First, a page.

There are two views, and both versions have a fitted bodice that is shaped with bust darts, waist darts in the front and the back, and darts at the back of the neck. The gathered skirt on both versions is a full a-line skirt that hits around the knee, and features in-seam pockets that are sewn into the waist so they aren't flopping around under your skirt. Both versions have a fully lined bodice, invisible zipper up the center back seam, and a fat 2" hand sewn hem.
View A has short set-in sleeves and a flat 1960's style bow at the center waist. View B has 3/4 length set-in sleeves and a vintage-inspired flat pointed collar.
The Emery Dress is sized from 0–18 and all sizes are included in one envelope with an instruction booklet and printed tissue paper pattern.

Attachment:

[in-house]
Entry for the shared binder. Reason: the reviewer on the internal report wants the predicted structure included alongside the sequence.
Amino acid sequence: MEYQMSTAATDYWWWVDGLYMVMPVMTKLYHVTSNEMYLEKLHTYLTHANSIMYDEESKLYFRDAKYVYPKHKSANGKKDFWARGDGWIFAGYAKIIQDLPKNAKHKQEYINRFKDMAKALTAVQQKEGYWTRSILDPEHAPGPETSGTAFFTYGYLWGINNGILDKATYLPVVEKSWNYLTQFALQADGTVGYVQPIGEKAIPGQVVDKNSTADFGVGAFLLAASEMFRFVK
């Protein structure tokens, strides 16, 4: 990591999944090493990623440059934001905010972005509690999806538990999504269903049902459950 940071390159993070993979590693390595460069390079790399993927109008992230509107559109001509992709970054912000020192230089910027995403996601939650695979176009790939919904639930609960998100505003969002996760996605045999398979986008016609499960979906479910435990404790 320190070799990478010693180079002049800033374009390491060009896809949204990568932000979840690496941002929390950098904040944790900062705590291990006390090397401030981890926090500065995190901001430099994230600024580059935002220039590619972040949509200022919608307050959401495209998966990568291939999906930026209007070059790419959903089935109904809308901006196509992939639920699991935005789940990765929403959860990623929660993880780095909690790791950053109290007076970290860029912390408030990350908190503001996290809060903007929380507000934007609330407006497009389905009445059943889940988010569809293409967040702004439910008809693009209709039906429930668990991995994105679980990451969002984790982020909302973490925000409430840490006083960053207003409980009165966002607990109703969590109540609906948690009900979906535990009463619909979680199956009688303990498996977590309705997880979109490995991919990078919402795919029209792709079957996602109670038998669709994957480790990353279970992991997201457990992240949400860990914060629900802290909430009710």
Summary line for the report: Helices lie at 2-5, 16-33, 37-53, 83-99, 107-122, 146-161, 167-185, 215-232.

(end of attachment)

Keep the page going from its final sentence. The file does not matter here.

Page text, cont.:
This pattern's difficulty is rated at "three spools" which is perfect for an intermediate sewer!"
Discuss what makes a good fit?
What are common adjustments and how to make them?
Take measurements and figure out what size to cut and what pattern adjustments are required.
Make pattern adjustments.
Get started on making a test muslin, which will need to be finished before the next class.
During Class 2:
Finish up any muslin adjustment and have time to sew the dress in class.
If you'd like to see some Emery Dress examples that other people have made, you can search #emerydress on Instagram or click HERE! Below are a few of my favorites!
Mariah Oliver is a self-taught dressmaker who decided in 2012 that life is too short to wear clothes that make you feel bad. From that moment, Oliver has used books, blogs and internet sewing communities to build her skill set and allow her to sew the majority of her wardrobe. In the process she has embraced body positivity and the Toddler Grandma Fashion style -- wearing what you love in the colors you love. Outside the sewing room, Oliver is a grant writer, mother of three, wife and operates a small fiber farm in rural Paullina.